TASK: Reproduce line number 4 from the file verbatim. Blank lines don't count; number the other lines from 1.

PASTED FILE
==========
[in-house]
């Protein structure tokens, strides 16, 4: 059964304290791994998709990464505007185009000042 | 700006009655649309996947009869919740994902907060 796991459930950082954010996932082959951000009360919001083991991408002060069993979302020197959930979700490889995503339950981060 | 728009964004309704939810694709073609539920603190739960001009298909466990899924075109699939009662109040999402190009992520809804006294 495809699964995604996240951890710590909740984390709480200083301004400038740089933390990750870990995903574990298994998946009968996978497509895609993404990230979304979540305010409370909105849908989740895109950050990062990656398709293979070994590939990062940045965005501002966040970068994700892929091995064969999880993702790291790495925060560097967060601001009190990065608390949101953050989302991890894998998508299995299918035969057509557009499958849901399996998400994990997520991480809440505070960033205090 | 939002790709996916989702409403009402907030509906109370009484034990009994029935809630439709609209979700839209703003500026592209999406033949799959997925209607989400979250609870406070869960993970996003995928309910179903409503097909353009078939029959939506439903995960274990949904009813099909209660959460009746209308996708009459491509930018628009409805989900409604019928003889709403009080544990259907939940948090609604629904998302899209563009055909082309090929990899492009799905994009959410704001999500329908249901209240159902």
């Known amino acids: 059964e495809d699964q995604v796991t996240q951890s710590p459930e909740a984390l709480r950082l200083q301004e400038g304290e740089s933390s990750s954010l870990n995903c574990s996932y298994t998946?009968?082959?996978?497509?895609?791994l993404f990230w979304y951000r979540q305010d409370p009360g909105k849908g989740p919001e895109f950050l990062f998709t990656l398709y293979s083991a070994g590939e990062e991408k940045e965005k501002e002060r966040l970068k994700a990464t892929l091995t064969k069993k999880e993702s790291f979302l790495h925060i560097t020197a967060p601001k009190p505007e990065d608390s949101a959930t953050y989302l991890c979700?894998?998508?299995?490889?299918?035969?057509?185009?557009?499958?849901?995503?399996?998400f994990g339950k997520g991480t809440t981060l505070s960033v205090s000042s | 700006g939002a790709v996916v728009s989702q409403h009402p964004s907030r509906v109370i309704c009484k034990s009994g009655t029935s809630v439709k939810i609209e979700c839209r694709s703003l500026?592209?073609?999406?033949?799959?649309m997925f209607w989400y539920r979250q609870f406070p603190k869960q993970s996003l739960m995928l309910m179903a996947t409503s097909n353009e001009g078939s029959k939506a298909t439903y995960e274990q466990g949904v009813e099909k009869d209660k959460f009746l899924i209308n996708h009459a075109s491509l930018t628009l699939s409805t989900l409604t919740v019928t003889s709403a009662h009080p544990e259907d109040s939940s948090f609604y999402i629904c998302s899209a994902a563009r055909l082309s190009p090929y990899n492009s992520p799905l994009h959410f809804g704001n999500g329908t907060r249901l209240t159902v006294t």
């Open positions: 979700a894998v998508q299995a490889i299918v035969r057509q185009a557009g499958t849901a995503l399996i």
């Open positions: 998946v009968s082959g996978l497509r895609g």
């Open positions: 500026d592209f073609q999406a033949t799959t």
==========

């Open positions: 979700a894998v998508q299995a490889i299918v035969r057509q185009a557009g499958t849901a995503l399996i």